are offered exclusively to special needs children. Sessions are scheduled once or (if needed) twice per week and take place in clients’ homes. Services include music therapy, adapted music lessons, and therapeutic songwriting.
is the use of music to achieve non-musical goals.
Goals to address in sessions can be borrowed from a child’s IEP (or IFSP) or can be determined collaboratively by the parents and the music therapist. Goals may fall under the domains of speech, language, social skills, behavior, academics, or motor skills. Example links…
receptive identification – Point To
following verbal directions – Action Words
requesting – I Want
yes/no questions – This Is Yes Or No
who questions – Who Do You Know?
where questions – Where Do You Go?
what questions – What Do You Use?
nouns – Person, Place, or Thing?
verbs – Yesterday, Now, & Tomorrow
greetings – Jazzy Hello
farewells – Yellow Goodbye
waving – Wave Your Hand
high-fiving – High Five
names – Who Are You?
requesting help – I Need Help With That
asking questions – What, Who, Where, When Is It?
taking turns – Taking Turns
manners – Please, Thank You
emotions – These Are Emotions
calming strategy – Deep Breaths
conflict resolution – Use Your Words
perseveration – Once Then Stop
following rules – Devin’s Rules
practicing patience – Learn To Wait
responding to bullies – You Can Be Better
social story – Camp Lakewood
letters – 3 Letters
phonics – Word Families
reading – Letters Go Together
environmental print – Community Signs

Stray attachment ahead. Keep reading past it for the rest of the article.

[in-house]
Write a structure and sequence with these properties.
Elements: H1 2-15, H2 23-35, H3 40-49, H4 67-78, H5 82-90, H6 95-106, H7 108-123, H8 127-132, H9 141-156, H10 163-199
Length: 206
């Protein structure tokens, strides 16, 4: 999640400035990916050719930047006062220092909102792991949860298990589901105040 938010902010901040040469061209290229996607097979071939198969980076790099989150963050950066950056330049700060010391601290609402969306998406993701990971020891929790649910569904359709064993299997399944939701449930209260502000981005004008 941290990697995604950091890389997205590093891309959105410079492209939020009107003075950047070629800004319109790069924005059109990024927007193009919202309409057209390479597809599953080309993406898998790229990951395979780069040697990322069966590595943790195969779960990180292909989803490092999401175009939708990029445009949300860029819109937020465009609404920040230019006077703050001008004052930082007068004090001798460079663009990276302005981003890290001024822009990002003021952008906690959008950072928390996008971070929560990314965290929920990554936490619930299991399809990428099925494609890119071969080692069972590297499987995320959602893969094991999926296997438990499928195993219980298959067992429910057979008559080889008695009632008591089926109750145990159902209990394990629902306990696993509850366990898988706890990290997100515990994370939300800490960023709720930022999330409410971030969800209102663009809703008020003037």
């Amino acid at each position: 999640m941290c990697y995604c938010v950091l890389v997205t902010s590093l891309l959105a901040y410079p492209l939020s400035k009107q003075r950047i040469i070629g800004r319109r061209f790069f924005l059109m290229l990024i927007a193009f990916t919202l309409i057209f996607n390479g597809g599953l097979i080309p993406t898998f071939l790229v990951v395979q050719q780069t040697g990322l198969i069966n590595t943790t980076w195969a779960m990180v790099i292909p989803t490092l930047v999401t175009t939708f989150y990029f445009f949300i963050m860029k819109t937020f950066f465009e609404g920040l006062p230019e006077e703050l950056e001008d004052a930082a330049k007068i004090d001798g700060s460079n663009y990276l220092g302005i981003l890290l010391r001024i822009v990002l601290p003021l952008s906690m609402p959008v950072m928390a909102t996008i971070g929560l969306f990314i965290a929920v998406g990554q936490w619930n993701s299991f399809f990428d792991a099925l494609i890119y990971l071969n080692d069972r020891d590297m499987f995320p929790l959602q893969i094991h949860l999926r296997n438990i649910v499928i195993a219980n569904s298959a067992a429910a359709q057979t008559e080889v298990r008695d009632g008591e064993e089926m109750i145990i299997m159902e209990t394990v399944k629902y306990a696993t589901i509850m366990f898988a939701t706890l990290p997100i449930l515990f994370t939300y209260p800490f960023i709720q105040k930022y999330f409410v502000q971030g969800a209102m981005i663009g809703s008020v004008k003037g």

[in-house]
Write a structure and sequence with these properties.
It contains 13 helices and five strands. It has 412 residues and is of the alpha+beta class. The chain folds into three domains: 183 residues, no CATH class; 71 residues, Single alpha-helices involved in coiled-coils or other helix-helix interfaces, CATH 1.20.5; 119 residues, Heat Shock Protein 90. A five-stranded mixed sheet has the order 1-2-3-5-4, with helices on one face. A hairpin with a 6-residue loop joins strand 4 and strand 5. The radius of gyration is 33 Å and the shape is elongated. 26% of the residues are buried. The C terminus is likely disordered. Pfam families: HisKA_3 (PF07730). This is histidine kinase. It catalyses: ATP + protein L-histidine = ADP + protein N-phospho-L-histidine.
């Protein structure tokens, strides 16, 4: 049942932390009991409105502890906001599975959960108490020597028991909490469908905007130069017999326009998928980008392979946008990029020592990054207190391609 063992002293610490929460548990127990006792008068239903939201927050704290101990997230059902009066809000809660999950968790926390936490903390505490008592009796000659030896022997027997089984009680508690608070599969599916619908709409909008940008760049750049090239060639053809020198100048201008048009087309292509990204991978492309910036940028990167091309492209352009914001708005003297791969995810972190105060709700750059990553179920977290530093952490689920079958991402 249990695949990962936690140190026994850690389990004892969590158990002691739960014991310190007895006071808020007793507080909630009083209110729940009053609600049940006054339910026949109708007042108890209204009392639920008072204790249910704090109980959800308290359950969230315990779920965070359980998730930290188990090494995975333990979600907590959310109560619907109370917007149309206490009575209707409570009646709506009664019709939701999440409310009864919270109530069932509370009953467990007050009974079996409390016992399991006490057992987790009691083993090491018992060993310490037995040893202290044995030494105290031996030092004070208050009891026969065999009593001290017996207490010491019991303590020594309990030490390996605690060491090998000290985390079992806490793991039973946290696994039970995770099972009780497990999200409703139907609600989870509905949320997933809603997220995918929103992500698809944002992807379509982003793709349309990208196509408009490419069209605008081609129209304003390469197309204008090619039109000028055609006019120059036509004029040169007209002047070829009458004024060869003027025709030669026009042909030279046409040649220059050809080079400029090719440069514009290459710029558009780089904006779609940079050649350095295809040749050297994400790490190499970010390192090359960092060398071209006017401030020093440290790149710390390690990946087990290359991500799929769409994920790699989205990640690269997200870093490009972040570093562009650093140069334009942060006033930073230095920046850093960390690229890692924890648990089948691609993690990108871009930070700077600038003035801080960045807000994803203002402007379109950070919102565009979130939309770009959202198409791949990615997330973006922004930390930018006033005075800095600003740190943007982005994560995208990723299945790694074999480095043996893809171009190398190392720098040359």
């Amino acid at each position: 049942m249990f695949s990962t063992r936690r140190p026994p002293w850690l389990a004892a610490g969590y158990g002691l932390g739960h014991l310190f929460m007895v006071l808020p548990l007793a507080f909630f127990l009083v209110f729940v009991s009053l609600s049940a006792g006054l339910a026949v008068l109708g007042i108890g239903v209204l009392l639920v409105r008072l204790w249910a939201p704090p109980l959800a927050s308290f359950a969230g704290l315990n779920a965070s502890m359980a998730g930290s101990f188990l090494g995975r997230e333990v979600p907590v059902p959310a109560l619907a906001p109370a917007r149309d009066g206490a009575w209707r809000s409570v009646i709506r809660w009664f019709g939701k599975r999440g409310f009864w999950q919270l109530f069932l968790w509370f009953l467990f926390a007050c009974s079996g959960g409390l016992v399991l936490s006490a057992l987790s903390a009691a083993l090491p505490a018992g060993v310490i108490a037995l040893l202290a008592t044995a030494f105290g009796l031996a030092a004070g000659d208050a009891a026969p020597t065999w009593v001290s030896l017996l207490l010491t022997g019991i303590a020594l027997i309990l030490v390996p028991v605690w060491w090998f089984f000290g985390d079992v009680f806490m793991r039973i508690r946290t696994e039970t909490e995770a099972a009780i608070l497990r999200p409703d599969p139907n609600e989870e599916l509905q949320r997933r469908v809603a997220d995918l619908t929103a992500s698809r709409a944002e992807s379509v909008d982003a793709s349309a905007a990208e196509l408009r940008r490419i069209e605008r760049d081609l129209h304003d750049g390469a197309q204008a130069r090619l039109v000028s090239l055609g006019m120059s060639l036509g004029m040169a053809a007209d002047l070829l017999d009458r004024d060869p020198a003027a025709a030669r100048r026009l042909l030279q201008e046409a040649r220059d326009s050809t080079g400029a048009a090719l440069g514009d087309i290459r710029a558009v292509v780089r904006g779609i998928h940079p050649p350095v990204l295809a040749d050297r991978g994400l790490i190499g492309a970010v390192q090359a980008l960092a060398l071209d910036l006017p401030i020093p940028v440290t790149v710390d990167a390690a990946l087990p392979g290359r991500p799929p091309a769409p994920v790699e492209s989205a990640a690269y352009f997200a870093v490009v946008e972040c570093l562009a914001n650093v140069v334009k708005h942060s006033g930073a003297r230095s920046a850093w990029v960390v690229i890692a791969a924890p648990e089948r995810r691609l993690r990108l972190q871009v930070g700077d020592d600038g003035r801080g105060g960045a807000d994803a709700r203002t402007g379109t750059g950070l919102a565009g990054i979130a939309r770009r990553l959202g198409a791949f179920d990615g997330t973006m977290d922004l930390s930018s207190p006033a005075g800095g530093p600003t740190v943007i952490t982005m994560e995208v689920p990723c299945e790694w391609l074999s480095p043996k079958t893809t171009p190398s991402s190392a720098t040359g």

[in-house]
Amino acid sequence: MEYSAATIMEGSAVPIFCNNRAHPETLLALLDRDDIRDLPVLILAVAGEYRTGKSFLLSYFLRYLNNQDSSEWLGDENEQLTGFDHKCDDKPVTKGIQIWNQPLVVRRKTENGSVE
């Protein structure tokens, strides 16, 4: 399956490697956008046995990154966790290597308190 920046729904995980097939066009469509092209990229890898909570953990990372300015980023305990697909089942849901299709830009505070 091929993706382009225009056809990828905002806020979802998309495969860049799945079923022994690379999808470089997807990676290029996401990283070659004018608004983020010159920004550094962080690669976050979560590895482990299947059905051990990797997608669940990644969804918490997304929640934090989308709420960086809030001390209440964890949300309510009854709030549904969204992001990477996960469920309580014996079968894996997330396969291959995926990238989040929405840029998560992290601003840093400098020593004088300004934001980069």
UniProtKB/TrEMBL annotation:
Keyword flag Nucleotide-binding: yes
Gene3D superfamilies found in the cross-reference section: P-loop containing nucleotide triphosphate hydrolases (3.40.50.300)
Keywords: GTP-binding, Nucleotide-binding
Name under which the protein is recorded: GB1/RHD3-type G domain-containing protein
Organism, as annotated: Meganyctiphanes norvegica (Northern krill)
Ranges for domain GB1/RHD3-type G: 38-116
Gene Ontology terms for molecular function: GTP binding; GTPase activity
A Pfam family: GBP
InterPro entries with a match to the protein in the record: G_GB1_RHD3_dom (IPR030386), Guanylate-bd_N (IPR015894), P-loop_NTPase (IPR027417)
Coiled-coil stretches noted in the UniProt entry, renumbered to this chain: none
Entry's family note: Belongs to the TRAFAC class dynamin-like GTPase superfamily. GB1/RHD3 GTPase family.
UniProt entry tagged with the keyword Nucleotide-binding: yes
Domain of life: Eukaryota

numbers – Number Identification
one-to-one correspondence – How Many Monkeys?
skip counting – We Can Count By Tens
addition – Adding Means Jump To The Right
subtraction – Subtracting Means Jump To The Left
money – Different Coins
telling time – I Can Tell The Time
Adapted Music Lessons
are music lessons for special needs children. Lessons are offered for piano or guitar. Various percussion instruments may also be utilized to teach concepts of meter and rhythm. Lessons meet each student at their level of functioning and build upon each child’s strengths. For visual learners this may mean alterations to standard music notation using letters, numbers, shapes, or colors. Auditory learners may require more repetition during lessons and recordings to practice along with outside of lesson time. All students are more motivated when their song choices are recognized and welcomed. The ancillary benefits of learning to play an instrument are numerous:
- Teaches discipline and patience
- Results in a sense of achievement
- Provides an outlet for self-expression
- Boosts self-esteem
- Promotes creative thinking skills
- Improves auditory discrimination
- Increases hand-eye coordination
- Builds fine and gross motor skills
- Develops brain areas involved in language and reasoning
Not to mention the primary benefit… making music is fun!
provides children with a unique method to formulate thoughts and express feelings. With just a guitar, laptop, and microphone, a music therapist is able to establish a non-threatening environment leading to a greater degree of sharing than in a “typical” therapy setting. Brainstorming rhymes, composing melodies, and selecting instrumentation leads to an atmosphere of creation rather than confession. Therapeutic songwriting does not necessarily need to deal with a traumatic life event. For children with a communication disorder, songwriting can assist in generating thoughts, organizing ideas, and clearly expressing a message.